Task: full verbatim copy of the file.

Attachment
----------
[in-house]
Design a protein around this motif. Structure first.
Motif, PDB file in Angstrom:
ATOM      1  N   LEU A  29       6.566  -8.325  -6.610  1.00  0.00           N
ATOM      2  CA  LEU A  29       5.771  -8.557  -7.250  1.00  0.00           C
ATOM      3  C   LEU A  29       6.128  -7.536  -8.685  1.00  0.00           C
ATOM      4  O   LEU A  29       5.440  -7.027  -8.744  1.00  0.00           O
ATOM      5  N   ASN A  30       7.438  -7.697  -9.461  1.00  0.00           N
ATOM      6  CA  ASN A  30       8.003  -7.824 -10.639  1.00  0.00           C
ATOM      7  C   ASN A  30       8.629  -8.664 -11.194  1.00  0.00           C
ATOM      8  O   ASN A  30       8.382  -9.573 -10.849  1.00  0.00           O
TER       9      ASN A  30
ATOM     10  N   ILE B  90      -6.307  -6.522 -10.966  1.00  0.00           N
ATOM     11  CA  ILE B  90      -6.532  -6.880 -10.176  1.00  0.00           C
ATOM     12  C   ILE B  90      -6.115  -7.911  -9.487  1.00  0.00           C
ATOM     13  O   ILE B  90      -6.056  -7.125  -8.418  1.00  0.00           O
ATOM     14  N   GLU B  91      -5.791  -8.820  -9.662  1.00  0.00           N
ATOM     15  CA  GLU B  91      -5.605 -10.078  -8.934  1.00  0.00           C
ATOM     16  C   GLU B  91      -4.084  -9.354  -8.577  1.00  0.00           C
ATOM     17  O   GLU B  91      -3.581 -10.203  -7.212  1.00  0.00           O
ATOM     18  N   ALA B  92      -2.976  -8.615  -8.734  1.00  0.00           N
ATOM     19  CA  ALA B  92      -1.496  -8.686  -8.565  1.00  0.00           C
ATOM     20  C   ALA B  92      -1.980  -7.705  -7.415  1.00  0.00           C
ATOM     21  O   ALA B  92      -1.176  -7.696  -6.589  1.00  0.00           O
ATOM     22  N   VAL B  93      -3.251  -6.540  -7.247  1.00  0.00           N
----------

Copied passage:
[in-house]
Design a protein around this motif. Structure first.
Motif, PDB file in Angstrom:
ATOM      1  N   LEU A  29       6.566  -8.325  -6.610  1.00  0.00           N
ATOM      2  CA  LEU A  29       5.771  -8.557  -7.250  1.00  0.00           C
ATOM      3  C   LEU A  29       6.128  -7.536  -8.685  1.00  0.00           C
ATOM      4  O   LEU A  29       5.440  -7.027  -8.744  1.00  0.00           O
ATOM      5  N   ASN A  30       7.438  -7.697  -9.461  1.00  0.00           N
ATOM      6  CA  ASN A  30       8.003  -7.824 -10.639  1.00  0.00           C
ATOM      7  C   ASN A  30       8.629  -8.664 -11.194  1.00  0.00           C
ATOM      8  O   ASN A  30       8.382  -9.573 -10.849  1.00  0.00           O
TER       9      ASN A  30
ATOM     10  N   ILE B  90      -6.307  -6.522 -10.966  1.00  0.00           N
ATOM     11  CA  ILE B  90      -6.532  -6.880 -10.176  1.00  0.00           C
ATOM     12  C   ILE B  90      -6.115  -7.911  -9.487  1.00  0.00           C
ATOM     13  O   ILE B  90      -6.056  -7.125  -8.418  1.00  0.00           O
ATOM     14  N   GLU B  91      -5.791  -8.820  -9.662  1.00  0.00           N
ATOM     15  CA  GLU B  91      -5.605 -10.078  -8.934  1.00  0.00           C
ATOM     16  C   GLU B  91      -4.084  -9.354  -8.577  1.00  0.00           C
ATOM     17  O   GLU B  91      -3.581 -10.203  -7.212  1.00  0.00           O
ATOM     18  N   ALA B  92      -2.976  -8.615  -8.734  1.00  0.00           N
ATOM     19  CA  ALA B  92      -1.496  -8.686  -8.565  1.00  0.00           C
ATOM     20  C   ALA B  92      -1.980  -7.705  -7.415  1.00  0.00           C
ATOM     21  O   ALA B  92      -1.176  -7.696  -6.589  1.00  0.00           O
ATOM     22  N   VAL B  93      -3.251  -6.540  -7.247  1.00  0.00           N